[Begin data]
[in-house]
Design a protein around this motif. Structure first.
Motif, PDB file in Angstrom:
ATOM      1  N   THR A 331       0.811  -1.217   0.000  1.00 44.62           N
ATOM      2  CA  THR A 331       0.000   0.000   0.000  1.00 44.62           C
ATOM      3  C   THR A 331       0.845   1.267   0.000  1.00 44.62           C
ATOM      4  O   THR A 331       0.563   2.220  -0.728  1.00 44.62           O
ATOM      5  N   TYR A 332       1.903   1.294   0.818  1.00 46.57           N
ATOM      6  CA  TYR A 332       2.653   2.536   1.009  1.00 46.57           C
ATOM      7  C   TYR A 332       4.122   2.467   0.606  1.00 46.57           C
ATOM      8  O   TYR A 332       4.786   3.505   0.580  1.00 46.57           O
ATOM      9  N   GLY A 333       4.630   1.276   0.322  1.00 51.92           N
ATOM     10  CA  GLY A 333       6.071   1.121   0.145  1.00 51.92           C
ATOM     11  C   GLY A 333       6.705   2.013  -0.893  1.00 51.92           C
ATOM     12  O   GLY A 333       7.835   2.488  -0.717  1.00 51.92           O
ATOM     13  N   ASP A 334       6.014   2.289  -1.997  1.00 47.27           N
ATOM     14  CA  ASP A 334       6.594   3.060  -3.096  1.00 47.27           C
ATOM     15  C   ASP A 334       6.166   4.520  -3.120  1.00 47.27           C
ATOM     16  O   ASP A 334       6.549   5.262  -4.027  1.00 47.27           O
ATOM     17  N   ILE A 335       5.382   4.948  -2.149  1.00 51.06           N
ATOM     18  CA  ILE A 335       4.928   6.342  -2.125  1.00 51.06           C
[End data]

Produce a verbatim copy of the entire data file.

[in-house]
Design a protein around this motif. Structure first.
Motif, PDB file in Angstrom:
ATOM      1  N   THR A 331       0.811  -1.217   0.000  1.00 44.62           N
ATOM      2  CA  THR A 331       0.000   0.000   0.000  1.00 44.62           C
ATOM      3  C   THR A 331       0.845   1.267   0.000  1.00 44.62           C
ATOM      4  O   THR A 331       0.563   2.220  -0.728  1.00 44.62           O
ATOM      5  N   TYR A 332       1.903   1.294   0.818  1.00 46.57           N
ATOM      6  CA  TYR A 332       2.653   2.536   1.009  1.00 46.57           C
ATOM      7  C   TYR A 332       4.122   2.467   0.606  1.00 46.57           C
ATOM      8  O   TYR A 332       4.786   3.505   0.580  1.00 46.57           O
ATOM      9  N   GLY A 333       4.630   1.276   0.322  1.00 51.92           N
ATOM     10  CA  GLY A 333       6.071   1.121   0.145  1.00 51.92           C
ATOM     11  C   GLY A 333       6.705   2.013  -0.893  1.00 51.92           C
ATOM     12  O   GLY A 333       7.835   2.488  -0.717  1.00 51.92           O
ATOM     13  N   ASP A 334       6.014   2.289  -1.997  1.00 47.27           N
ATOM     14  CA  ASP A 334       6.594   3.060  -3.096  1.00 47.27           C
ATOM     15  C   ASP A 334       6.166   4.520  -3.120  1.00 47.27           C
ATOM     16  O   ASP A 334       6.549   5.262  -4.027  1.00 47.27           O
ATOM     17  N   ILE A 335       5.382   4.948  -2.149  1.00 51.06           N
ATOM     18  CA  ILE A 335       4.928   6.342  -2.125  1.00 51.06           C